by Steven Sanchez
Comedian Felipe Esparza, the winner of Season 7 of NBC’s Last Comic Standing, will be supplying gut-busting laughs at the Fox Theatre in Visalia on Friday, February 1. At one time, he was the mystery man in fellow comic Gabriel Iglesias’ early career set routines, only referred to by his first name, and it didn’t matter the situation in the story – good or bad – his catch phrase was “But it was funny, huh?” Well, he’s at the stage where he doesn’t have to ask anymore. With a string of television credits and specials under his belt, his career is rising, but it’s his origins that stand out the most that resonate in this country’s trying time.
Being a part of a community filled with Hispanic comedy talent like Iglesias, George Lopez, Angelah Johnson, Willie Barcena, etc., he also isn’t a stranger to diversity and adversity, and those subjects he uses for his stage content. Growing up as an immigrant from Sinaloa, Mexico, he moved to Los Angeles and got caught up in the gang life and served a stint in rehab while being a teenage father. It was during his road to recovery that he got the epiphany to do stand-up comedy. Since then it’s been a sixteen-year odyssey to become a household name.
His “immigrant-done-good” story may be contrasting to what people in the news may make you believe about immigrants, but Felipe doesn’t shy away from his background. With there being such a divide in this country, does he ever find himself feeling the need to cut back on his act to please these conservative-minded populations? “It doesn’t matter who the audience is. I’ve been to Connecticut, Detroit, Des Moines, I’m not a new comic, the audience knows what they’re getting so I don’t hold back,” says Felipe.
It doesn’t seem there’s much to hold back his star from rising. He’s had recurring roles on “The Eric Andre Show,” NBC’s “Superstore”, TruTV’s “World’s Dumbest,” and “Russell Simmons Presents Stand-Up at the El Rey.” He’s got a Netflix special, “They’re Not Gonna Laugh at You” and another on HBO, “Translate This.” He’s making all the right moves to expand his comedy brand, and he’s using a resource that his predecessor comics didn’t have access to but it has become a go-to option.
“The goal now for most comics is to get on Joe Rogan’s podcast,” instructs Felipe. “He gets around five million downloads and like four million views live, so I would say for a fellow comic who has a special to get on that podcast because it’ll help push your material and get your name out there.”
Speaking of podcasts, Felipe hosts a weekly podcast on the All Things Comedy Network called “What’s Up Fool?” and brings on a mix of guests ranging from actors to anybody he thinks has a story to tell. “For me and my audience, it’s a way for me to provide more content,” says Felipe. “Once the podcast is over they want another one right afterward. People love hearing stories and your struggles, with me I talk about anything.” It makes sense considering the fact you’re on a time schedule when doing a show, but on a podcast, there’s nothing but unlimited time to talk and share things that you wouldn’t be able to fit onstage.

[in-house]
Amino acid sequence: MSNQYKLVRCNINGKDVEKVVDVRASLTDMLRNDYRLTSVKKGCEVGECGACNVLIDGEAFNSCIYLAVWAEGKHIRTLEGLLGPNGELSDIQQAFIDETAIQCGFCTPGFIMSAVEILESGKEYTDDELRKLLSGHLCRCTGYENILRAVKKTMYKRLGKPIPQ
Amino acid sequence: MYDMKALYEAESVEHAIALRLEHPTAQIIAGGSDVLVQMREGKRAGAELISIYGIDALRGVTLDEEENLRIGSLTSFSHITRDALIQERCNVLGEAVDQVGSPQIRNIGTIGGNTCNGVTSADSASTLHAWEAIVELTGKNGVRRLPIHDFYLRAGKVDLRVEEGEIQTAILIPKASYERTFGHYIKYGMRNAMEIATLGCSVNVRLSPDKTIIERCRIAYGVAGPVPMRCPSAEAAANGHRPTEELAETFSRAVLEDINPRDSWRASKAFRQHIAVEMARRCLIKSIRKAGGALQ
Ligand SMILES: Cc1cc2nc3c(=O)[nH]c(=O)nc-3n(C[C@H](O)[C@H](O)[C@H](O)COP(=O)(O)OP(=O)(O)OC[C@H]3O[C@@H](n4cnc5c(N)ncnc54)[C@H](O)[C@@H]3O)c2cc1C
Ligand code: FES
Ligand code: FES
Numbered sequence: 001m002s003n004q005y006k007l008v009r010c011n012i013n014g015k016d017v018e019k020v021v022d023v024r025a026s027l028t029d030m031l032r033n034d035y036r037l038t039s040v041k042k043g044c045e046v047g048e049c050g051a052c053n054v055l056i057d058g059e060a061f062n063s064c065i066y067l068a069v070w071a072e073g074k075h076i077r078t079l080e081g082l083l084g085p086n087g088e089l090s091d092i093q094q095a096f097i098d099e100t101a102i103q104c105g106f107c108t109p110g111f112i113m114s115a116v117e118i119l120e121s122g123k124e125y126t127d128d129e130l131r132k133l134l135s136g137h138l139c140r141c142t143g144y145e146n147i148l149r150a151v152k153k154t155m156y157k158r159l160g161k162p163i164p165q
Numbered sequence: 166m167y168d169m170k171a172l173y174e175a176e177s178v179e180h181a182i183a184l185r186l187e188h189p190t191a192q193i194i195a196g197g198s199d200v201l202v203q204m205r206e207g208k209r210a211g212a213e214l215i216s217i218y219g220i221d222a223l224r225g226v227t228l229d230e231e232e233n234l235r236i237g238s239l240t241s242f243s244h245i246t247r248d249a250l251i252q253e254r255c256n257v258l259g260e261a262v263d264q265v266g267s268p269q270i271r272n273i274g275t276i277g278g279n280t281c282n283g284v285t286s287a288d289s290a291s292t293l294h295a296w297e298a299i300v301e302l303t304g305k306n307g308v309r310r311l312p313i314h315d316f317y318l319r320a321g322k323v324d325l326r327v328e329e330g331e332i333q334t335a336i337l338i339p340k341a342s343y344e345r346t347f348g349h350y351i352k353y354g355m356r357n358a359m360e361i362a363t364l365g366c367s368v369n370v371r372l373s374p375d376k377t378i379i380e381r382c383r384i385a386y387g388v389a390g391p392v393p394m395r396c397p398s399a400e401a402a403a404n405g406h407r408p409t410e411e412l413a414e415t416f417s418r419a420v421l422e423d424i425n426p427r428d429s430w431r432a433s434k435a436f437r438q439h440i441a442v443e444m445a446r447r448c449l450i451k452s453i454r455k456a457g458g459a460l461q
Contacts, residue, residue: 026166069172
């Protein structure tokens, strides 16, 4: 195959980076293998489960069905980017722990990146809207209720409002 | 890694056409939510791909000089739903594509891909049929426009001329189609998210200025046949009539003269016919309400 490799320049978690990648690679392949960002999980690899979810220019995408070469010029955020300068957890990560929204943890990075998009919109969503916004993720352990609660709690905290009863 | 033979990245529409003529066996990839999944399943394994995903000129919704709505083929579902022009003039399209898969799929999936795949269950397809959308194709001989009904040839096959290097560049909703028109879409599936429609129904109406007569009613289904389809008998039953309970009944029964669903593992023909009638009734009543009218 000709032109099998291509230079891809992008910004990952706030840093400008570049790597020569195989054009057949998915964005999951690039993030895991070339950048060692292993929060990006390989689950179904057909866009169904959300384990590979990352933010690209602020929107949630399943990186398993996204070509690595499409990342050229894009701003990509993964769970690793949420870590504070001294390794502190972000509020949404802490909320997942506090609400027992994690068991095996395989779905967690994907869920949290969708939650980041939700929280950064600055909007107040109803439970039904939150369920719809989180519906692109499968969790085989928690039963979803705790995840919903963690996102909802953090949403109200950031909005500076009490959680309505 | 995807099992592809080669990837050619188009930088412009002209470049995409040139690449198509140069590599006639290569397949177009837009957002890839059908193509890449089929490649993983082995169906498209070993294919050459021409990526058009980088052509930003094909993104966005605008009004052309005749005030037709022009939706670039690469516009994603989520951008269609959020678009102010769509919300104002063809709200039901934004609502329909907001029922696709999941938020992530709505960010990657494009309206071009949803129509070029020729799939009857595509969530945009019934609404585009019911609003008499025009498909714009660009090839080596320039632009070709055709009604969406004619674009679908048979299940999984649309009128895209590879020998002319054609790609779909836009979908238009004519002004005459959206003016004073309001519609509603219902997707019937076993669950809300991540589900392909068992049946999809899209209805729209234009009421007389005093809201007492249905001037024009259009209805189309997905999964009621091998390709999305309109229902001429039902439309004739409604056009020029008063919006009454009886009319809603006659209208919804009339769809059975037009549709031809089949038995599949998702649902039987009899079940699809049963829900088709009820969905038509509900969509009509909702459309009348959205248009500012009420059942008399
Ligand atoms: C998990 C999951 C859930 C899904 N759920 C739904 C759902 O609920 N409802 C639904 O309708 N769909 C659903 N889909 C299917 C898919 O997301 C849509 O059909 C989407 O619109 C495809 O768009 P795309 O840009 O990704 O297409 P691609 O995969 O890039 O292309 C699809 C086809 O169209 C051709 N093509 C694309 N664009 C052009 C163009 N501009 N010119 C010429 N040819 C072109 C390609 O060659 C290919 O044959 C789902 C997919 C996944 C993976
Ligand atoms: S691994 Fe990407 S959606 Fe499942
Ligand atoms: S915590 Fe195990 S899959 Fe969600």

His brand of humor is not for the faint of heart. Known for his self-deprecating humor, he doesn’t pull back at making fun of himself ranging from his race, weight, looks. Even though we live in a very regulated, politically correct time with there being sentiments towards anti-bullying and shaming, but for him it’s all an act. “A lot of stuff I say I don’t mean, it’s a joke, I wrote it, and a lot of stuff I say is in character. The character I’m portraying is saying it, not me,” elaborates Felipe.
If anything, he’s using his standup as a way to add light to the darkness that is shadowing the nation, and the best way to bridge the gap between the divide is laughter. “Comedy and music are ways to let other people know that you’re a person. With my comedy, by the end of the show, it doesn’t matter who’s in the audience, they’re holding me like I’m their brother because my comedy is relatable, and I’m letting them know that we go through the same things,” expresses Felipe.
He turned the interview at times into a test ground for some of his jokes when elaborating about his relatability towards his fans. Some of those jokes were…
“We both have that one brother that steals your identity.”
“We all have that one family member who makes a collect call from prison.”
“I grew up poor, so did my wife, she’s Caucasian and vegan, so imagine having to dig for food in the trash but only vegan food.”
I couldn’t keep it together hearing these bits, and no walls can contain this funnyman from entertaining the Visalia crowd once February rolls around.
To purchase tickets: www.foxvisalia.org/event/1790040-felipe-esparza-visalia
Felipe’s main website: felipesworld.com